Come a Little Bit Closer

Having lived for the last dozen years in a city that cherishes personal space as if it’s a religious tenetit may very well be in LutheranismI am reacquainting myself with living in a city that is clearly an atheist in that respect.

As I walk to and from work, I occasionally encounter people who are in such a hurry that they will tread on the backs of my shoes. Standing in line at the library at a respectful distance from the person ahead of me, I find newcomers blithely walking past to the front of the line, as if my politeness renders me invisible. Waiting patiently for a hostess at a bar to turn from her current guest to me, I am nonplussed to find her turning away to greet the new diners who are breathing down her neck. Since she saw me smile at her from about a foot away, I am learning that polite smiles are empty signifiers, as Barthes might put it, in NYC. If you want someone to pay attention, get in their face.

I am slowly re-learning these habits, as if the muscle memory I developed as a child in my hometown is being activated again. I am gradually learning to claim my piece of sidewalk real estate as I stride, dodging around those strange people who only move diagonally in any given open space, threatening to cut off your straight-line movement. Last evening, I threw up my arms in a Seinfeldian (or Costanzian?) gesture at a driver who kept creeping into the crosswalk while I was trying to get across the street. Next time, I’ll probably fold back some of my fingers while doing it, just so he doesn’t misinterpret what I mean. I am aggressively re-claiming bar stools when other patrons blithely try to take them without so much as a “May I…?” (“What, you think I’m a hooker who’s just sitting here by myself at this bar?” I’ll probably say that aloud next time.)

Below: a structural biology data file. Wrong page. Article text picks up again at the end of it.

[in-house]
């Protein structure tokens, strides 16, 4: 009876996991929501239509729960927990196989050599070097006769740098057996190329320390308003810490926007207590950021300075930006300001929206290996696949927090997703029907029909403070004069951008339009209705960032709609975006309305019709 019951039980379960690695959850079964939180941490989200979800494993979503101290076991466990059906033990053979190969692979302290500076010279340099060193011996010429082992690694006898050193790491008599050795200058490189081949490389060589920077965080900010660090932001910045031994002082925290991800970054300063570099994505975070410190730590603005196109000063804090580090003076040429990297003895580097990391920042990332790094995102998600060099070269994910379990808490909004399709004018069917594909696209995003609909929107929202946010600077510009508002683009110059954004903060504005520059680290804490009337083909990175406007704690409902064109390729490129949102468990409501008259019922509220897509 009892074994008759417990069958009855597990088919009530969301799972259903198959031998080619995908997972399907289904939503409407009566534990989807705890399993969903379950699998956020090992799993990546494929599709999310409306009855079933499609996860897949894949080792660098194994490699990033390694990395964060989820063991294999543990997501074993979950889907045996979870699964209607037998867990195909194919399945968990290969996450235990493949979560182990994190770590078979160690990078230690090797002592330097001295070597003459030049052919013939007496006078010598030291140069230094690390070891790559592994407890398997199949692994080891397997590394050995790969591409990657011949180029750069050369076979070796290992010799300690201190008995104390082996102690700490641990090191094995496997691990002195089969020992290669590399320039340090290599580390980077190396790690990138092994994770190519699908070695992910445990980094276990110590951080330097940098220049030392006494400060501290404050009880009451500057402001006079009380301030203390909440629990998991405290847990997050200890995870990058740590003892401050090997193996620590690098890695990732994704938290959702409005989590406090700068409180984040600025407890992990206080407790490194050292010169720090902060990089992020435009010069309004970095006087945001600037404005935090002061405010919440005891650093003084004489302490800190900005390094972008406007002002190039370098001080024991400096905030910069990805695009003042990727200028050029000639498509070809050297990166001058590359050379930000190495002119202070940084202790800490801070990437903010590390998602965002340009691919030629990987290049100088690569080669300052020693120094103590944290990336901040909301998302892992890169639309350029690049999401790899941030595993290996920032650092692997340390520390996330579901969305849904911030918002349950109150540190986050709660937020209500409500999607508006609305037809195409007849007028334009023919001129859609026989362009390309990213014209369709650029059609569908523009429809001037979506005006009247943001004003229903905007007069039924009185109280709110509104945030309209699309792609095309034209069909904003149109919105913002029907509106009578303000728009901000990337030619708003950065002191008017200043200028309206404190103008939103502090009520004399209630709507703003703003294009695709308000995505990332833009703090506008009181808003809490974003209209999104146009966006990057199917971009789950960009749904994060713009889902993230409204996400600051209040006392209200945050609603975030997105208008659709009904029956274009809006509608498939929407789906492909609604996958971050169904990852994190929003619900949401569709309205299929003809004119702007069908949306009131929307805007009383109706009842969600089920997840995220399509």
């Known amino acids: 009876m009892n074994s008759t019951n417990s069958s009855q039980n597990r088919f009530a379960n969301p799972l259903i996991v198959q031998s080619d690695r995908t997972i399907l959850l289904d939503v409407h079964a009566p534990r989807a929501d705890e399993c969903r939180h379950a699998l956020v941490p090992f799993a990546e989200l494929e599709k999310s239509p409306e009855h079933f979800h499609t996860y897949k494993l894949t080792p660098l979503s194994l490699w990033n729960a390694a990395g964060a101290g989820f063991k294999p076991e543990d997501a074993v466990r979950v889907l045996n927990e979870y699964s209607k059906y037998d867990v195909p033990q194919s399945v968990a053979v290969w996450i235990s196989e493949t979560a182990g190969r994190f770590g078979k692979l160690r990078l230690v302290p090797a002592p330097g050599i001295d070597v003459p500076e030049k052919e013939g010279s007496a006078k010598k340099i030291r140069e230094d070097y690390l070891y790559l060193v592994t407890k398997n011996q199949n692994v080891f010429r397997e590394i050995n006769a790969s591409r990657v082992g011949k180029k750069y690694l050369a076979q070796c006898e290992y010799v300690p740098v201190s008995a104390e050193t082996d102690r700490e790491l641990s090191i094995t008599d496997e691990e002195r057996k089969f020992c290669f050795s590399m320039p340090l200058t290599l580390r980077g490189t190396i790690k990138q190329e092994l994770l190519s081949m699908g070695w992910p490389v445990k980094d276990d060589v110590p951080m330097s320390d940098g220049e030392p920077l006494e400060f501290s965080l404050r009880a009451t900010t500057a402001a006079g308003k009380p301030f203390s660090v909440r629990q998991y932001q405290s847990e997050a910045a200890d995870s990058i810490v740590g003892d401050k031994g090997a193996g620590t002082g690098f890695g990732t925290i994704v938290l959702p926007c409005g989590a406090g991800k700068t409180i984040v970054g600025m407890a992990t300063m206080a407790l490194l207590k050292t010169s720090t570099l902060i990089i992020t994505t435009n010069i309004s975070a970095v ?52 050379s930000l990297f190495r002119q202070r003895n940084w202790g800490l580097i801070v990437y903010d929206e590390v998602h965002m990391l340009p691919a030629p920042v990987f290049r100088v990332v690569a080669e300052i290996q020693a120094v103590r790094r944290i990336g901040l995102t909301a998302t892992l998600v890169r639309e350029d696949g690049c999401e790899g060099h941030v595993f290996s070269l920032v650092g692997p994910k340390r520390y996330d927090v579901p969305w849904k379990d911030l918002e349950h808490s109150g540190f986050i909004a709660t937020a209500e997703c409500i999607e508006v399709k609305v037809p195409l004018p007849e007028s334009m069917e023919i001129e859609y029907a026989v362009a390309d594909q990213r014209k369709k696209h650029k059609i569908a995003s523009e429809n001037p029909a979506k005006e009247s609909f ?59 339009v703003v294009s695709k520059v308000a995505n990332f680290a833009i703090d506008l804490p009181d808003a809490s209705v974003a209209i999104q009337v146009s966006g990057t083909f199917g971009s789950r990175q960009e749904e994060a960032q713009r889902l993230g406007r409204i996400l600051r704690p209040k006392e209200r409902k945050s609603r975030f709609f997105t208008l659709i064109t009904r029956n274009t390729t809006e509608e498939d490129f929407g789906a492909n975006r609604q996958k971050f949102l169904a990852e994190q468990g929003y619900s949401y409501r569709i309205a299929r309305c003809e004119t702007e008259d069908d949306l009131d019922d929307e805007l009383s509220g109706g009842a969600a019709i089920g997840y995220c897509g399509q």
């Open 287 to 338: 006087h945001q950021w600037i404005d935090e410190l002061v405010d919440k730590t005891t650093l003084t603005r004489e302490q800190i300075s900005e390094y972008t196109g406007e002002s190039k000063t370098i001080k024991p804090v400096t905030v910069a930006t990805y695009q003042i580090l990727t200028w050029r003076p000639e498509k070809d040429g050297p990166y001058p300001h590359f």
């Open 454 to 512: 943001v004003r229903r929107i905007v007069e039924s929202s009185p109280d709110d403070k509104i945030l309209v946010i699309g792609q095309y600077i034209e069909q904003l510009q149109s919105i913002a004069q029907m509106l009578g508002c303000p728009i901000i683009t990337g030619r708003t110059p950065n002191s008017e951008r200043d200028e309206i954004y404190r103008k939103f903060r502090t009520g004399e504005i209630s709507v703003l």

But I still say “Hi” and “Thank you” to bus drivers and shake my head apologetically when I decline flyers on the street. I scamper instead of sauntering across crosswalks when the light is about to turn and mouth “sorry” when oncoming cars honk their disapproval. One bad habit at a time…

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